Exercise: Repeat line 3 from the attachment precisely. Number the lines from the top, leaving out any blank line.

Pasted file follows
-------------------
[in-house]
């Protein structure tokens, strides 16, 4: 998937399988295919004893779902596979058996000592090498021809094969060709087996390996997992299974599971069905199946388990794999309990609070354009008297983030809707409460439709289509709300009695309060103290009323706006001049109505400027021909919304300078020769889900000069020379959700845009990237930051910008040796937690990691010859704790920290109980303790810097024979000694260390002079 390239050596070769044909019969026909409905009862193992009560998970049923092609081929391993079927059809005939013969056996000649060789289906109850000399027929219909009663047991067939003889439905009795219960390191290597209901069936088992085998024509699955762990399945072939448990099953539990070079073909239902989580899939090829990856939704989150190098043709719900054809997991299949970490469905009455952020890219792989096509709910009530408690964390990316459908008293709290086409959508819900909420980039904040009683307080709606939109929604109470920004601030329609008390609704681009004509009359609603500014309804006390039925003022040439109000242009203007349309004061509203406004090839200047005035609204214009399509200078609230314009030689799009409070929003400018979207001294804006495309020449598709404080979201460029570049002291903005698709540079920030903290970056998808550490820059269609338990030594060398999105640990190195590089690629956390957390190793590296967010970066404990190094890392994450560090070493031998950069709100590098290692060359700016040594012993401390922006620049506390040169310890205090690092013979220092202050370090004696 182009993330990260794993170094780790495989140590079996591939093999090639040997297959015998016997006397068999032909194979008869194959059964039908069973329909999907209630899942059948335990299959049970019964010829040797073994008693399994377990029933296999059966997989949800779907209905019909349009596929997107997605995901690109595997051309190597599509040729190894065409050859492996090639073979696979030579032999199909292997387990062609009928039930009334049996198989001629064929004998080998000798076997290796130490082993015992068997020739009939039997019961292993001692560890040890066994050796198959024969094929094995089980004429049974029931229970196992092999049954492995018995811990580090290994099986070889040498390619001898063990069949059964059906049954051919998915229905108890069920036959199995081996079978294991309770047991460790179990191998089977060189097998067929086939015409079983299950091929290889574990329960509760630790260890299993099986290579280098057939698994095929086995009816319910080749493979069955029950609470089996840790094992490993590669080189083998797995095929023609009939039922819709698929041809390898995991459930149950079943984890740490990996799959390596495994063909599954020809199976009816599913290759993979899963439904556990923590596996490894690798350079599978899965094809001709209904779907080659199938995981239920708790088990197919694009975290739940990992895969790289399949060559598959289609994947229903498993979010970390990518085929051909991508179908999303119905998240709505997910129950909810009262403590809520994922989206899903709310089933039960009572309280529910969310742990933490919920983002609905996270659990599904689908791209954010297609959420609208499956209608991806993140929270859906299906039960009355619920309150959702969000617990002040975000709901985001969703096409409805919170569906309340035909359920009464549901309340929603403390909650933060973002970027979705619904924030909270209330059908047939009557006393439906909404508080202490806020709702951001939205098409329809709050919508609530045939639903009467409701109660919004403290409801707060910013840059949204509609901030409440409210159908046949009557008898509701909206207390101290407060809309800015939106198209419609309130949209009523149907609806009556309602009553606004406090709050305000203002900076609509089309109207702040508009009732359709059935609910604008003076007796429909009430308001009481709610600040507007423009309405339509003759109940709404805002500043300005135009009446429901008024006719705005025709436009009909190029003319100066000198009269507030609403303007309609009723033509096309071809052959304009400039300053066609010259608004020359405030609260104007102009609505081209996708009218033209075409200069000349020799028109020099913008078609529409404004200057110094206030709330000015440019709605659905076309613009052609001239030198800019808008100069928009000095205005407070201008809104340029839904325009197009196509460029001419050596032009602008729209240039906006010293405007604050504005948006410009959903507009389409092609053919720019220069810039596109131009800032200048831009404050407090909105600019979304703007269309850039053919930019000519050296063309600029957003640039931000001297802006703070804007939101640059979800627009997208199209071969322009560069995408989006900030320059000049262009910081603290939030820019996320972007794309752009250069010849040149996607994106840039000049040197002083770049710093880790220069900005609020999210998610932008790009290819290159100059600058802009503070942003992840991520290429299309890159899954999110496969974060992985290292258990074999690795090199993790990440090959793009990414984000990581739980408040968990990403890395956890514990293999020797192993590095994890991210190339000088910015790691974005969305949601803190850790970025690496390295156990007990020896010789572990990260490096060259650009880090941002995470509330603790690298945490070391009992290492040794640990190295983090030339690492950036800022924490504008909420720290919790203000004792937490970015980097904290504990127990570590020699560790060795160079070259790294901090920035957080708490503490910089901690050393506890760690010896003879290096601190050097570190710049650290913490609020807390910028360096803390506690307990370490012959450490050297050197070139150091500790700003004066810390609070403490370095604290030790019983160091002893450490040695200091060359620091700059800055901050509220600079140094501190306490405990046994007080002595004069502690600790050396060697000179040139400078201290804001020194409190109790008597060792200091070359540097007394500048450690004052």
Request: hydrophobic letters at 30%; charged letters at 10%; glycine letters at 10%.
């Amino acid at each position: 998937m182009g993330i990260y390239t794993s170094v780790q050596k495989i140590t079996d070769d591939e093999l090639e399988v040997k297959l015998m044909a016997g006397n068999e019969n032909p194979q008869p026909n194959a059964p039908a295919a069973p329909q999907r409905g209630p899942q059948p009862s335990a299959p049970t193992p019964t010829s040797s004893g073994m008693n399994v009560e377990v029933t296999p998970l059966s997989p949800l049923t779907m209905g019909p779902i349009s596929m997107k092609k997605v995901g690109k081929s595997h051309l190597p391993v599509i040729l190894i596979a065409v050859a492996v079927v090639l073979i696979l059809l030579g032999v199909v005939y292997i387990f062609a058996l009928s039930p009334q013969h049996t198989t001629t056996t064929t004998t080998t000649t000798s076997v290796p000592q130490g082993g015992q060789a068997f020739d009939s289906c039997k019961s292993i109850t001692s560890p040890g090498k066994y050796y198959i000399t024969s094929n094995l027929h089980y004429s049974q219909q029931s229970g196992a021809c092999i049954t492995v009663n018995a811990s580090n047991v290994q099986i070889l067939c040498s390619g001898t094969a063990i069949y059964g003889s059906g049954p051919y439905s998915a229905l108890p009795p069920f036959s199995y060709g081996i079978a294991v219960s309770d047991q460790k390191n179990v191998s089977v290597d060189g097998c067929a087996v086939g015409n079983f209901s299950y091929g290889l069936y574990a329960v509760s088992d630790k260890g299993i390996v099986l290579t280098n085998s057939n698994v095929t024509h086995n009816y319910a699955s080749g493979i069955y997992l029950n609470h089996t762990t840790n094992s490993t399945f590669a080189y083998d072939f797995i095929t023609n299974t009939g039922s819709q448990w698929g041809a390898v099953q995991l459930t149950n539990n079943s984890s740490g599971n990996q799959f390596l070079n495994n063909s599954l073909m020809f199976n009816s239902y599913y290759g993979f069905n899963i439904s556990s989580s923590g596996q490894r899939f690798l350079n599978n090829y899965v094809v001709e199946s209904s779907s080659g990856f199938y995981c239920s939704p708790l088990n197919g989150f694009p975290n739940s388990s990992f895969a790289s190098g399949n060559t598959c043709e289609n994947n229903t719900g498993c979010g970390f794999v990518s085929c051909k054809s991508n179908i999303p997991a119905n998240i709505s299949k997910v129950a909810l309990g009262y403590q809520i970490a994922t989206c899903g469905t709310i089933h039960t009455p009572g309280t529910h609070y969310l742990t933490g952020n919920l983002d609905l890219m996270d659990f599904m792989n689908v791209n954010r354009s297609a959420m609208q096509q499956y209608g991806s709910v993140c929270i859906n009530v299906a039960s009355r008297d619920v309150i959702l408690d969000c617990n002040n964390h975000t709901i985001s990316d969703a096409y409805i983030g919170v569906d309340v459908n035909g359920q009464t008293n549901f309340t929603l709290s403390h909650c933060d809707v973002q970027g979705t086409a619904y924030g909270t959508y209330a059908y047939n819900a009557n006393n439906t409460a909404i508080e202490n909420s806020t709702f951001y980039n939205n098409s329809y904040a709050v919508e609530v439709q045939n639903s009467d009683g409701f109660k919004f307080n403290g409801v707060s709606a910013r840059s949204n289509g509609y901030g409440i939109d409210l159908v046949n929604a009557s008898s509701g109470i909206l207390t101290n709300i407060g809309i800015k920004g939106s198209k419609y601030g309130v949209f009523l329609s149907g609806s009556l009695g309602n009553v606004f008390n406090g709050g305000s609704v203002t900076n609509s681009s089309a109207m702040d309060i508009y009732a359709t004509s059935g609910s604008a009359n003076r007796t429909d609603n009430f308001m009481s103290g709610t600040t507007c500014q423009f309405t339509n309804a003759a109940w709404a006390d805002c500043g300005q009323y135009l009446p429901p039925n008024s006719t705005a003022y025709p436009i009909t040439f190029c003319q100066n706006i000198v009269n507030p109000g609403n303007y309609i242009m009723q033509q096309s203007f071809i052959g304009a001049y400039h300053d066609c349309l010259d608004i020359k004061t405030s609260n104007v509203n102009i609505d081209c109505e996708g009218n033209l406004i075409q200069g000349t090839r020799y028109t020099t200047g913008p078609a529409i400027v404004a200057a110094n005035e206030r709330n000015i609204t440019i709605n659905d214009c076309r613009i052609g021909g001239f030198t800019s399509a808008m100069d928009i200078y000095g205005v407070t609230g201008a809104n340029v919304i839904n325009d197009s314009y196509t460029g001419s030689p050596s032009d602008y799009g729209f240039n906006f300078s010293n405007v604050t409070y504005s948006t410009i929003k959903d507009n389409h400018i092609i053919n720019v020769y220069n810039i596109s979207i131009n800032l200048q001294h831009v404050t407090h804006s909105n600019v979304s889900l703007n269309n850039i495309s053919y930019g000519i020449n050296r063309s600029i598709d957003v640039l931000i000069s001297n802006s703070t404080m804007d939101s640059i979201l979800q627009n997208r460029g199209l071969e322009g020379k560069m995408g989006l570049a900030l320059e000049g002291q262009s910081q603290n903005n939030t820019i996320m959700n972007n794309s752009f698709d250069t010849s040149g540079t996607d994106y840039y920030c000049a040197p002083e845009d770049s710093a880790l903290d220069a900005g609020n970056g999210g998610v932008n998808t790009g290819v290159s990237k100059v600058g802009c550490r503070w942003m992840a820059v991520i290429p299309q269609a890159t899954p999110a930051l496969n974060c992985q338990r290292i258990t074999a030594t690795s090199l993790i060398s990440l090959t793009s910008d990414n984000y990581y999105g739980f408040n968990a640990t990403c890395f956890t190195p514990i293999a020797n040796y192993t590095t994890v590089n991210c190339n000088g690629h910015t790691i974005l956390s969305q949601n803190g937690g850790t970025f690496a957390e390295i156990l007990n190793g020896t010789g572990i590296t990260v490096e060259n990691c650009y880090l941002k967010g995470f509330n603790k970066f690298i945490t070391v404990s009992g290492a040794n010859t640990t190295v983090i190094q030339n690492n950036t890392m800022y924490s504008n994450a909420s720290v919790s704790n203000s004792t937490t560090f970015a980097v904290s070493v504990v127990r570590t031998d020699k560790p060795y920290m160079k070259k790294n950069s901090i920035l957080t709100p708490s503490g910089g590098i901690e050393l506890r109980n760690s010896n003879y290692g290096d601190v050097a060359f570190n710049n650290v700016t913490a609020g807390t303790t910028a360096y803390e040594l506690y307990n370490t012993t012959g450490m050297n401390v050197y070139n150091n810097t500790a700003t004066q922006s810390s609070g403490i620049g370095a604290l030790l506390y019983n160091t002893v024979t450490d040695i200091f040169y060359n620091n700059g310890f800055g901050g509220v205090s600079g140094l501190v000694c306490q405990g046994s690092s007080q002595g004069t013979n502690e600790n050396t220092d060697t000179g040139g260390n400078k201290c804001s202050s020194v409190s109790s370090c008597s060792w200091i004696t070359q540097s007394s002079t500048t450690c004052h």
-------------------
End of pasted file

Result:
Request: hydrophobic letters at 30%; charged letters at 10%; glycine letters at 10%.